Mediterranean Diet reduces risk of diabetes in prediabetic patients
The term prediabetes refers to a situation where blood glucose or glycated haemoglobin (HbA1c) levels are above normal, but below the levels required for the diagnosis of diabetes. This is a condition to be monitored, as people with prediabetes have a higher risk of developing diabetes. A recent study conducted by researchers at the University of Madrid investigated the Mediterranean diet role in the progression of prediabetes.
The 4-year cohort study included 1184 subjects with prediabetes, who completed a Mediterranean diet adherence questionnaire and underwent annual measurements of blood glucose and glycated haemoglobin levels. At the end of the study, 210 participants developed type 2 diabetes. In particular, the results showed a 37% to 44% decrease in the incidence of diabetes in those in the high adherence group compared to those in the low/medium adherence group. In addition, it was found that the beneficial effect of high Mediterranean diet adherence was greater in those under 65 years old.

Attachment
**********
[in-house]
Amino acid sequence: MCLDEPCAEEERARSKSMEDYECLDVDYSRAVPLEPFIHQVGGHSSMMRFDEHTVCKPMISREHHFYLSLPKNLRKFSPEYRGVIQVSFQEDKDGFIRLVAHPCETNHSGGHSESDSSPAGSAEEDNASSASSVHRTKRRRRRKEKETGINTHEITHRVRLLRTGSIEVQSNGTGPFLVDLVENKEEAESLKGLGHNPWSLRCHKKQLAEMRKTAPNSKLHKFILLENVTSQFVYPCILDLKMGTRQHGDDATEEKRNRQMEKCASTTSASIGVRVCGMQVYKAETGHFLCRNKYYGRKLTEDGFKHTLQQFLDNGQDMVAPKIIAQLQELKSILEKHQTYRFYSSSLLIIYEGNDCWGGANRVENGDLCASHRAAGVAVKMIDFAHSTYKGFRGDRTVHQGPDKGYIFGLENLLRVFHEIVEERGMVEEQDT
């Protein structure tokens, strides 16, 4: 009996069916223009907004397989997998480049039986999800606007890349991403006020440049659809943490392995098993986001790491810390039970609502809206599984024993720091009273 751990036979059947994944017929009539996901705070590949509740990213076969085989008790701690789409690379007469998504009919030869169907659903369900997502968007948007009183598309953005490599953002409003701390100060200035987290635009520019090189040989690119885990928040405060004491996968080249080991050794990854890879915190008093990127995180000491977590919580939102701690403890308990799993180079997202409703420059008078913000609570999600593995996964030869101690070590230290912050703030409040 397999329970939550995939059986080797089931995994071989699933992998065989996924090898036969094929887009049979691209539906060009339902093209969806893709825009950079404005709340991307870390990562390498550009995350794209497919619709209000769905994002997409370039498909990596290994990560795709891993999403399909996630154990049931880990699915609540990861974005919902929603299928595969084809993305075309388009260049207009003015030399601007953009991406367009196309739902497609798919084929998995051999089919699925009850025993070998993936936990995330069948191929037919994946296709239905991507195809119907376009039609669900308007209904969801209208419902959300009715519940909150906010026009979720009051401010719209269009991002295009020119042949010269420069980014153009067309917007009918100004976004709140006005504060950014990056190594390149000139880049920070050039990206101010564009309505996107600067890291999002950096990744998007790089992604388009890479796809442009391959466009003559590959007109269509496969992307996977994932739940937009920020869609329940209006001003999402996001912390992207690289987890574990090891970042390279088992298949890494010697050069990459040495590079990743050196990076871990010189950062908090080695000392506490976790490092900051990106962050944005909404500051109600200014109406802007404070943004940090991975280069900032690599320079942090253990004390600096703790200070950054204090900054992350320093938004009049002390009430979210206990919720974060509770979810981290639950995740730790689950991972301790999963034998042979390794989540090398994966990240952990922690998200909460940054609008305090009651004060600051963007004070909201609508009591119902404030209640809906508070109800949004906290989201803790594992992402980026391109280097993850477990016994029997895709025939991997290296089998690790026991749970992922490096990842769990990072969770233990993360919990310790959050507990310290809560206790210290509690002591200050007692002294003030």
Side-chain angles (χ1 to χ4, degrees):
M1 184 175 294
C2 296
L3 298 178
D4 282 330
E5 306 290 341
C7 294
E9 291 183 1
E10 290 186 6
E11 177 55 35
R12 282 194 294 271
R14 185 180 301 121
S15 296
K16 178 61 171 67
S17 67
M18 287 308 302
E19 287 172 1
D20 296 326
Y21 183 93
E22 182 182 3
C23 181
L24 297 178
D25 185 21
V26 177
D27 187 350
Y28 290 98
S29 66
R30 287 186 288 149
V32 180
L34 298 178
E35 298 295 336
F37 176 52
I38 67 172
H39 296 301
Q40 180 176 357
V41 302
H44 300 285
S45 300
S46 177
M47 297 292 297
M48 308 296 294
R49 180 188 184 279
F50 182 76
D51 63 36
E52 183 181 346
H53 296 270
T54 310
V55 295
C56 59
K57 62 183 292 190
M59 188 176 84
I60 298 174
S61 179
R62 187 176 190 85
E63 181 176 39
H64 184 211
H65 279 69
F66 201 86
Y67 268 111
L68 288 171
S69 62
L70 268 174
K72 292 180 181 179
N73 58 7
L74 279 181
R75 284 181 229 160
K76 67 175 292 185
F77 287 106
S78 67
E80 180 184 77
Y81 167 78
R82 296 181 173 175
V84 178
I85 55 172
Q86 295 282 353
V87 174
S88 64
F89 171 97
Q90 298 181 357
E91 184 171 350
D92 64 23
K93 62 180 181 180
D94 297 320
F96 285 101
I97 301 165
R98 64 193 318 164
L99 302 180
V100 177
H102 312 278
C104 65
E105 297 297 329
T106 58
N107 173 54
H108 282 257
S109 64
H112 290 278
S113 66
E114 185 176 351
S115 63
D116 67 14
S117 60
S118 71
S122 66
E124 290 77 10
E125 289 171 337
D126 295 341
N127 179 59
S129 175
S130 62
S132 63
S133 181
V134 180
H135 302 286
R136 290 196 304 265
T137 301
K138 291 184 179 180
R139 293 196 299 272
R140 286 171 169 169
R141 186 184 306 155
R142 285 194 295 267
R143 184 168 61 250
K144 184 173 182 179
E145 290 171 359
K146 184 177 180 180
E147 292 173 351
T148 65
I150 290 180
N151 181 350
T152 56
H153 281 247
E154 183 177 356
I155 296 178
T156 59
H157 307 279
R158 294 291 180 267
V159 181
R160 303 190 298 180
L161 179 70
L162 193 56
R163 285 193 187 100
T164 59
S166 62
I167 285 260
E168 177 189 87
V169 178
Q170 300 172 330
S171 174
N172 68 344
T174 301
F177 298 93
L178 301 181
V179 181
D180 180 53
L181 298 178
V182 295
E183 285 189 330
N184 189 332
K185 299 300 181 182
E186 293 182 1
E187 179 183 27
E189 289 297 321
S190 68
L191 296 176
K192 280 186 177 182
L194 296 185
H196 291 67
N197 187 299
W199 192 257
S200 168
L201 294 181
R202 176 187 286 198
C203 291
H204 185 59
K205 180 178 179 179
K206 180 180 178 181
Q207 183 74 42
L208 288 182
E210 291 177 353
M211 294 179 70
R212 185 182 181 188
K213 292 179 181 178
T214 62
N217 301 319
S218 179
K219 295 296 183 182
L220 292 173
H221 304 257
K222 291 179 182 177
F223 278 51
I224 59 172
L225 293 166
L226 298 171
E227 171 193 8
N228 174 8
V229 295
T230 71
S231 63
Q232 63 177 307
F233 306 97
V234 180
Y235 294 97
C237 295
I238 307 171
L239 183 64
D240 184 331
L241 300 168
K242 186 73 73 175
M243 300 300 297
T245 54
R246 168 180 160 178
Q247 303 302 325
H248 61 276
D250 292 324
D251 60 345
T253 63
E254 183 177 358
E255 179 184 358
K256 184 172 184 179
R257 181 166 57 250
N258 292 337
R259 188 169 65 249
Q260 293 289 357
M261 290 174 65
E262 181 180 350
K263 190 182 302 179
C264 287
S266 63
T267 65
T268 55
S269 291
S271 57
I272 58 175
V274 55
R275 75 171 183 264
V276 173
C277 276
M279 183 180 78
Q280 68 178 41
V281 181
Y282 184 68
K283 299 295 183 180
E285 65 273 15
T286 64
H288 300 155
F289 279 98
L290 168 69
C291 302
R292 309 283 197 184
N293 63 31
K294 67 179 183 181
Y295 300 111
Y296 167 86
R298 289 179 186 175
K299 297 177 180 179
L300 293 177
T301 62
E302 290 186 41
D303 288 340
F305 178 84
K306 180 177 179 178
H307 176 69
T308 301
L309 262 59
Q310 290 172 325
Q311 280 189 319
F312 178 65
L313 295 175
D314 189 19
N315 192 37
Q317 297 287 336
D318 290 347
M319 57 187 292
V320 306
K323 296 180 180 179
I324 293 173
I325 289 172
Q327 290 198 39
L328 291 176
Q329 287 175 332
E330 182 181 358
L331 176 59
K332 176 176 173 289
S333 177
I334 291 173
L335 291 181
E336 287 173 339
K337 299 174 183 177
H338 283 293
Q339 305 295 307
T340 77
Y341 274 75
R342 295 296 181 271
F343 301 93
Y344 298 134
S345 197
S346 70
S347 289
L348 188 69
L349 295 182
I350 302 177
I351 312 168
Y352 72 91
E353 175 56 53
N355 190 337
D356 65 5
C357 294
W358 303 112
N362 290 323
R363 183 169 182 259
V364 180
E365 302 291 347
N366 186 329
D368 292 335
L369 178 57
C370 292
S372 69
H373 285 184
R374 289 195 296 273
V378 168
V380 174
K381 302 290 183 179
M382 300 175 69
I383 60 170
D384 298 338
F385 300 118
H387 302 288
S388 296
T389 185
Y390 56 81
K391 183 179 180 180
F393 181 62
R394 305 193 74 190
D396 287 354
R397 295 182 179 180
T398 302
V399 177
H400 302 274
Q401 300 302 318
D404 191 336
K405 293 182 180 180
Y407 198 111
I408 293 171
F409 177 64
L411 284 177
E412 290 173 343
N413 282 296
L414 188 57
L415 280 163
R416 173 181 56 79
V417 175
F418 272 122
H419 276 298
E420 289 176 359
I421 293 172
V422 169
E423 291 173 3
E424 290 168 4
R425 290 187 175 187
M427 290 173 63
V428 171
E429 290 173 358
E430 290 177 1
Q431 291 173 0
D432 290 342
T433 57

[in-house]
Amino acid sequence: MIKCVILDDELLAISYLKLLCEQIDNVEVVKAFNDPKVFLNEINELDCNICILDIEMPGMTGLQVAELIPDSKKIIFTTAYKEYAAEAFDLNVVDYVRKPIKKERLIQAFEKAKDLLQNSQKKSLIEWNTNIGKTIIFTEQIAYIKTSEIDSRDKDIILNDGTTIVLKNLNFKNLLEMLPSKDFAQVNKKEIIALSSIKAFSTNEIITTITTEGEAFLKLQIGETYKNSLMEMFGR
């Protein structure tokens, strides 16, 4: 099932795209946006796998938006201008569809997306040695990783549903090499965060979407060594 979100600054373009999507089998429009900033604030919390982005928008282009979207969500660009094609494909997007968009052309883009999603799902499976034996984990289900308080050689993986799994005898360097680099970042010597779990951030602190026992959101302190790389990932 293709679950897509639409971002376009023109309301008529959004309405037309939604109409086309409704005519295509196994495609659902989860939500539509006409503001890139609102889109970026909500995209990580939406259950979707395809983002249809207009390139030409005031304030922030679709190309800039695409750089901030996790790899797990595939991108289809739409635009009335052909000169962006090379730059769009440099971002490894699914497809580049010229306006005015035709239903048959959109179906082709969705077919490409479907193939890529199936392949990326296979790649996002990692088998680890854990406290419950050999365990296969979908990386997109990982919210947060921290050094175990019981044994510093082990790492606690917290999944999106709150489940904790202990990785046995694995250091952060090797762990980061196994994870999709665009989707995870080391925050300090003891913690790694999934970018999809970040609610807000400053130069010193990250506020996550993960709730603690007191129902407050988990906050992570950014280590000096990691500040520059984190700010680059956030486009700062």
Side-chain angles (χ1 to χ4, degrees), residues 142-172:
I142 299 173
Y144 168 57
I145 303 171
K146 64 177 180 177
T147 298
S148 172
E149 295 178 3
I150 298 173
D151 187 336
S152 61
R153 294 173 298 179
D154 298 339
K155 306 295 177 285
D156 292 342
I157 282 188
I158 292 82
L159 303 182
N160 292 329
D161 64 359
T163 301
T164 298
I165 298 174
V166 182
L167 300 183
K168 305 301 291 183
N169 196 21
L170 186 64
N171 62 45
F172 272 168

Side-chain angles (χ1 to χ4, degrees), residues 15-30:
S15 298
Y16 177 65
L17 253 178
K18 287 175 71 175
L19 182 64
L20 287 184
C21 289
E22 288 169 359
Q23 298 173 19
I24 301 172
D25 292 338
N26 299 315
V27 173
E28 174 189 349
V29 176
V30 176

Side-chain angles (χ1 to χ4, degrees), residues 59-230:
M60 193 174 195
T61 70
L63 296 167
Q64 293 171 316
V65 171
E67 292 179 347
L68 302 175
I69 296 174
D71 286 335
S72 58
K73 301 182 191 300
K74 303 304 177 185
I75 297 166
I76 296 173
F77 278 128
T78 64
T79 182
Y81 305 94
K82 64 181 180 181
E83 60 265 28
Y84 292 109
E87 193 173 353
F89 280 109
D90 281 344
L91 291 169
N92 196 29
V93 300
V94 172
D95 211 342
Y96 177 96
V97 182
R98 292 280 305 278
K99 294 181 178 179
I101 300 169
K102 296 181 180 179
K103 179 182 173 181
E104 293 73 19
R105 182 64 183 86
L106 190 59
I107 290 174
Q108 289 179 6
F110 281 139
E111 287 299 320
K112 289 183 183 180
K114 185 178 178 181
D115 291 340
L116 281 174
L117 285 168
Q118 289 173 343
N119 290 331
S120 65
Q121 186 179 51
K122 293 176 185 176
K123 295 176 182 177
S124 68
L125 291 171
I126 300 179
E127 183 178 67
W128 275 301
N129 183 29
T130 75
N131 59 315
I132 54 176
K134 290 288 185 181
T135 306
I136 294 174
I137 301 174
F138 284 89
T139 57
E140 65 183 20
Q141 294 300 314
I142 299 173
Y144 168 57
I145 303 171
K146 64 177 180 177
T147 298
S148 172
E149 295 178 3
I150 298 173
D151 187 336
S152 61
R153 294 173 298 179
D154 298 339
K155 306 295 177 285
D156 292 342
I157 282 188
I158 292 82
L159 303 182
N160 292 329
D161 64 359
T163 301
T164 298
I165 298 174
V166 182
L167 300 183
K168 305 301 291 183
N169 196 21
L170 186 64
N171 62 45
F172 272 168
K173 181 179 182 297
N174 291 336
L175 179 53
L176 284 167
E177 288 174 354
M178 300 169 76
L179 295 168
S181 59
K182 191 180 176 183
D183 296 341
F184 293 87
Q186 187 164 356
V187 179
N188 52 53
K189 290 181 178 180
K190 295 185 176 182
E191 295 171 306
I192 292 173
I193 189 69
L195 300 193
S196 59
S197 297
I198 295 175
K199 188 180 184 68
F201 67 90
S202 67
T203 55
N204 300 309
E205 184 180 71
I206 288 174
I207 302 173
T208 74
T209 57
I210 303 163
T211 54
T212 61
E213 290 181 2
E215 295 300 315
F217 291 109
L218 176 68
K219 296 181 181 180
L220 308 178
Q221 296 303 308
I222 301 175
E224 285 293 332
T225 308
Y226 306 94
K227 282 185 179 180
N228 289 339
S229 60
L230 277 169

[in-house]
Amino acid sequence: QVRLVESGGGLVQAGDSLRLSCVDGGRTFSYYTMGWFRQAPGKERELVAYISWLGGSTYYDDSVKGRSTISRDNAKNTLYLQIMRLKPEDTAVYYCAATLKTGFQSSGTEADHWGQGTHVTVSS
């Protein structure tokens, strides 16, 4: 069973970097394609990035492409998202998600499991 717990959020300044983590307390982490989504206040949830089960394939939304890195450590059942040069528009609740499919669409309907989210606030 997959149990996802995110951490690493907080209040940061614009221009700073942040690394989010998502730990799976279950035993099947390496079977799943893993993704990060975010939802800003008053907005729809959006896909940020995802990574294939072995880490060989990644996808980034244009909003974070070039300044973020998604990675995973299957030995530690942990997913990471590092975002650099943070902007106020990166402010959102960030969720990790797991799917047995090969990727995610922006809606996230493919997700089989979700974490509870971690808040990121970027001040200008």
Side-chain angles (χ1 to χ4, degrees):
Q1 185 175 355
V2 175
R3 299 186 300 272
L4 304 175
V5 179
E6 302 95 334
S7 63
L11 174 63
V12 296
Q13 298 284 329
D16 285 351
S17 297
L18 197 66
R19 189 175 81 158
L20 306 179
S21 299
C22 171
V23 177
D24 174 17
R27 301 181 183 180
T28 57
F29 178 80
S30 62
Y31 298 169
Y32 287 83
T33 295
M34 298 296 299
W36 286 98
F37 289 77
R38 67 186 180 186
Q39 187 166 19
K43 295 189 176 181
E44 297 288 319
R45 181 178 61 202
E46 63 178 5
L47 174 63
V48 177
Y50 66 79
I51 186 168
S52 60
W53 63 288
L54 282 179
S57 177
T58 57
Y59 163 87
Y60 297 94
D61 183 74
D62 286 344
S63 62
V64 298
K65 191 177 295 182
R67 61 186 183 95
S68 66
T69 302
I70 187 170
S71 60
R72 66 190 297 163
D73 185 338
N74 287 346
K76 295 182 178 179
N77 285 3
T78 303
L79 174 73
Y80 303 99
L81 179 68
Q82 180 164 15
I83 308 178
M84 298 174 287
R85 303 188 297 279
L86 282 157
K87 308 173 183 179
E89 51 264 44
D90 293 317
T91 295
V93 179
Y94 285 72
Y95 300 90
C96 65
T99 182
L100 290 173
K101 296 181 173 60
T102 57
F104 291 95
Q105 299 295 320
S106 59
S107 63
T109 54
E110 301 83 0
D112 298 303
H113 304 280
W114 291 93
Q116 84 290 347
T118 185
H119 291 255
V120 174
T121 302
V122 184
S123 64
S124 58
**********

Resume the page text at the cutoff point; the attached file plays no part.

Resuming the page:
In conclusion, this study has highlighted the importance of Mediterranean diet in the prevention of type 2 diabetes in patients who already have a prediabetic condition and underlines the fundamental role of a personalised diet to counteract the progression of this pre-pathological condition.